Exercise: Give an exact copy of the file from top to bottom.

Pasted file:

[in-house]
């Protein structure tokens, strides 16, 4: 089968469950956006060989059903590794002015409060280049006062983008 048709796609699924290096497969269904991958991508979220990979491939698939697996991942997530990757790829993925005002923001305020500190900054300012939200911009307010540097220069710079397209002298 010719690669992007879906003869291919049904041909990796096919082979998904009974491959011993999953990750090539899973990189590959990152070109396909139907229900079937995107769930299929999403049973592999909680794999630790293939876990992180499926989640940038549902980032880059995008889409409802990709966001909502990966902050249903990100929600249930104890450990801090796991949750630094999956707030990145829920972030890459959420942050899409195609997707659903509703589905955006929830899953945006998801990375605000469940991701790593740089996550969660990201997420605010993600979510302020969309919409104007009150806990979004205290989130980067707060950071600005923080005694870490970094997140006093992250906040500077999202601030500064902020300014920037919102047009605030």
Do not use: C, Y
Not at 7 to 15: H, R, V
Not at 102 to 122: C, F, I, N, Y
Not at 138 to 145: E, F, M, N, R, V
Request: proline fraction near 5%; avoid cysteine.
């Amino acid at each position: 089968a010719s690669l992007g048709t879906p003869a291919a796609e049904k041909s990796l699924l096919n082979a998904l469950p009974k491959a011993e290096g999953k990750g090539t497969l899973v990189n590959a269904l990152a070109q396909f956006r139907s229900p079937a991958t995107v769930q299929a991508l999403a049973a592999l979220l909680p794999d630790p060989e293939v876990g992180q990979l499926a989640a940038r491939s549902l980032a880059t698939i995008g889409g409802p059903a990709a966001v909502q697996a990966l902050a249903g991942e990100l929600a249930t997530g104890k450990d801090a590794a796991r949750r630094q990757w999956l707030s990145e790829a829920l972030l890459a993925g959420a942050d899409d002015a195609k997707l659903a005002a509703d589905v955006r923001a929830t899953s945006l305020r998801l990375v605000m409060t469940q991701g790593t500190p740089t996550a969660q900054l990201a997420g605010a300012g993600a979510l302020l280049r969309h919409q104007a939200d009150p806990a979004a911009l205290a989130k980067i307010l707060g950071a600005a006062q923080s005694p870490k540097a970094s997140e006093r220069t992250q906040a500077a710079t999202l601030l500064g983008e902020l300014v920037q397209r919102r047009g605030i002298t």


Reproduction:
[in-house]
């Protein structure tokens, strides 16, 4: 089968469950956006060989059903590794002015409060280049006062983008 048709796609699924290096497969269904991958991508979220990979491939698939697996991942997530990757790829993925005002923001305020500190900054300012939200911009307010540097220069710079397209002298 010719690669992007879906003869291919049904041909990796096919082979998904009974491959011993999953990750090539899973990189590959990152070109396909139907229900079937995107769930299929999403049973592999909680794999630790293939876990992180499926989640940038549902980032880059995008889409409802990709966001909502990966902050249903990100929600249930104890450990801090796991949750630094999956707030990145829920972030890459959420942050899409195609997707659903509703589905955006929830899953945006998801990375605000469940991701790593740089996550969660990201997420605010993600979510302020969309919409104007009150806990979004205290989130980067707060950071600005923080005694870490970094997140006093992250906040500077999202601030500064902020300014920037919102047009605030």
Do not use: C, Y
Not at 7 to 15: H, R, V
Not at 102 to 122: C, F, I, N, Y
Not at 138 to 145: E, F, M, N, R, V
Request: proline fraction near 5%; avoid cysteine.
């Amino acid at each position: 089968a010719s690669l992007g048709t879906p003869a291919a796609e049904k041909s990796l699924l096919n082979a998904l469950p009974k491959a011993e290096g999953k990750g090539t497969l899973v990189n590959a269904l990152a070109q396909f956006r139907s229900p079937a991958t995107v769930q299929a991508l999403a049973a592999l979220l909680p794999d630790p060989e293939v876990g992180q990979l499926a989640a940038r491939s549902l980032a880059t698939i995008g889409g409802p059903a990709a966001v909502q697996a990966l902050a249903g991942e990100l929600a249930t997530g104890k450990d801090a590794a796991r949750r630094q990757w999956l707030s990145e790829a829920l972030l890459a993925g959420a942050d899409d002015a195609k997707l659903a005002a509703d589905v955006r923001a929830t899953s945006l305020r998801l990375v605000m409060t469940q991701g790593t500190p740089t996550a969660q900054l990201a997420g605010a300012g993600a979510l302020l280049r969309h919409q104007a939200d009150p806990a979004a911009l205290a989130k980067i307010l707060g950071a600005a006062q923080s005694p870490k540097a970094s997140e006093r220069t992250q906040a500077a710079t999202l601030l500064g983008e902020l300014v920037q397209r919102r047009g605030i002298t």